Decommissioned in 199 HMY Britannia is on display alongside the redeveloped Ocean Terminal in Leith, Edinburgh A highly successful museum, conference and party venue, she has is now considered Scotland’s top tourist attraction. Image: Graham Hogg, via Geograph

The HMS Illustrious saga

Stung by the outcry at the scrapping of HMS Ark Royal and HMS invincible, the MoD promised HMS Illustrious would be preserved when she decommissioned in 2014. Although a fine ship that served us well, she was always an odd choice for preservation. Lacking the Ark Royal’s iconic name she did not have an exceptional operational history or particular place in the public consciousness.

The MoD cannot quite admit it yet, but HMS Illustrious is very likely to be scrapped as no realistic bids for her preservation have been submitted. The last remaining option of a home in Gibraltar collapsed in March 2016. Put simply, a ship the size of Illustrious needs a suitable large berth with good access and most crucially, would need to generate a considerable sustained revenue stream to cover hefty maintenance and running costs. Hull City Council spent £500k on examining options and a bid to host the ship but ultimately concluded it was not economically viable. The MoD was rather unwise to offer Illustrious for preservation in the first place and scrapping her is now the most dignified remaining option.

With hindsight perhaps HMS Illustrious should have been scrapped in 2014 and the money invested in properly preserving HMS Plymouth. HMS Ark Royal was sold for £2.8 million in 2013 but scrap prices have since fallen (thanks to the Chinese flooding the market with cheap steel) so Illustrious will be worth considerably less. It is too late for HMS Plymouth but any money raised from scrapping Lusty should be donated to other warship preservation projects.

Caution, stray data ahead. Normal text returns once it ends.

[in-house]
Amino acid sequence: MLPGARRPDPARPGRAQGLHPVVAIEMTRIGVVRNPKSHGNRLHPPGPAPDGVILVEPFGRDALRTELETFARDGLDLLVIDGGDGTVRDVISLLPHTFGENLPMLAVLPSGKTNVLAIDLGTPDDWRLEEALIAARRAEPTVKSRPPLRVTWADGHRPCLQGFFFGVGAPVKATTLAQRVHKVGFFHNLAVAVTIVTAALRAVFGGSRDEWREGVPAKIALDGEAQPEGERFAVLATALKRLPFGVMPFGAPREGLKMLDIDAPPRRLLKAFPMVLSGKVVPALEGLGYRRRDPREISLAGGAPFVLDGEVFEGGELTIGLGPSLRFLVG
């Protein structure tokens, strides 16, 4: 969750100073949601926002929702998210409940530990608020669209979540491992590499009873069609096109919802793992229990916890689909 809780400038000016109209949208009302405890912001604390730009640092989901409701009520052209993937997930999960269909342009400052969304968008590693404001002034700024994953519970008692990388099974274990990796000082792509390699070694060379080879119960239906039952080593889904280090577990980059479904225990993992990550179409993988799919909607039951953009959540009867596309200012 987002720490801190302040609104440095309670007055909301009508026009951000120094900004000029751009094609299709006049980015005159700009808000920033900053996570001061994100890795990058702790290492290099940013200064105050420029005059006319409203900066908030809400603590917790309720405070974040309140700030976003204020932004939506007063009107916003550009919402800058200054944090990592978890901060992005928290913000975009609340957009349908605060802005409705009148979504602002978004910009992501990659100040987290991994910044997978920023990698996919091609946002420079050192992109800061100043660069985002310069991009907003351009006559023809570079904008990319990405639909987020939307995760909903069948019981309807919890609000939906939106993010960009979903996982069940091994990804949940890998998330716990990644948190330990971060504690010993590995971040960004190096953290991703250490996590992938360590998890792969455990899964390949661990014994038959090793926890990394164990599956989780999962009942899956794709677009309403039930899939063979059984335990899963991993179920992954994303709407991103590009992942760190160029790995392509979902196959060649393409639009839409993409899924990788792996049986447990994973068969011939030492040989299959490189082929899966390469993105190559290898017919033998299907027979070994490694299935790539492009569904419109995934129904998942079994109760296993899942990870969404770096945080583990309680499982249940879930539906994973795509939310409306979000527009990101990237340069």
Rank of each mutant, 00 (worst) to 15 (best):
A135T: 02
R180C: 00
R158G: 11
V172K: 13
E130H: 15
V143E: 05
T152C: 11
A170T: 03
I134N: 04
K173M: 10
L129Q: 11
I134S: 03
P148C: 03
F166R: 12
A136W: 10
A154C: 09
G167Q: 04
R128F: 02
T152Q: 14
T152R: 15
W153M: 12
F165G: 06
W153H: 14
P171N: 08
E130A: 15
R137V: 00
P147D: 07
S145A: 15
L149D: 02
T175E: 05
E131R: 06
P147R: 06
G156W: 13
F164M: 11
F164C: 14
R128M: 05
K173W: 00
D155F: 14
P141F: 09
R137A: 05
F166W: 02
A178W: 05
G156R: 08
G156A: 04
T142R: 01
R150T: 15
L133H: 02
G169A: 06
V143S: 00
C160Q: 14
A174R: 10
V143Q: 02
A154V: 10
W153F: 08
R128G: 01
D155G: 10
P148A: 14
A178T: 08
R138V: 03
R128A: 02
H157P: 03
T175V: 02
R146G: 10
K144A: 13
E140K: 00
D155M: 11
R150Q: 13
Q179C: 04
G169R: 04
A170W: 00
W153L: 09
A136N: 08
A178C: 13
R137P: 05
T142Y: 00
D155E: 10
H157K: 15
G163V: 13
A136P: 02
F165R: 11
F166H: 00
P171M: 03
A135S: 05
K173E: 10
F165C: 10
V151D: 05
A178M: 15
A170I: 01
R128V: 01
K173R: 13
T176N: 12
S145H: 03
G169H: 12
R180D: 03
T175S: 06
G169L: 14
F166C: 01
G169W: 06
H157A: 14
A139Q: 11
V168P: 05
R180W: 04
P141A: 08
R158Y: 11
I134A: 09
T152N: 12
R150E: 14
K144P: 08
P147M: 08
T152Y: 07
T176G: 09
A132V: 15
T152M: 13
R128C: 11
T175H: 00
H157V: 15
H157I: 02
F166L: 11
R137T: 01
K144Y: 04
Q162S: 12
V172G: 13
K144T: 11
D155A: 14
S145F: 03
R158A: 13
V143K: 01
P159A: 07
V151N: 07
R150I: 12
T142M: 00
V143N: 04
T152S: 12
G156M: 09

Looking back – the HMS Plymouth debacle

HMS Plymouth gallant actions in the Falklands War made her a good candidate for saving. A frigate is an ideal size warship for public preservation. Large enough to be iconic if the right berth is found and able to cope with peaks in visitor numbers, but not so large that the financial overheads are unsupportable. Her namesake city was the obvious home for HMS Plymouth but both the City Council and the MoD utterly failed to make the most of what would have been an excellent visitor attraction. After decommissioning in 1988 she was opened to the public in Plymouth’s Millbay Docks which was something of backwater at the time but a better home should have been found for her in the increasingly under-utilised Devonport South Yard. Plymouth would have had a great tourist attraction and the MoD would have helped preserve a good example of 1950-60s frigate design. The ship also served as a kind of living memorial to the navy’s decisive contribution to the Falklands campaign.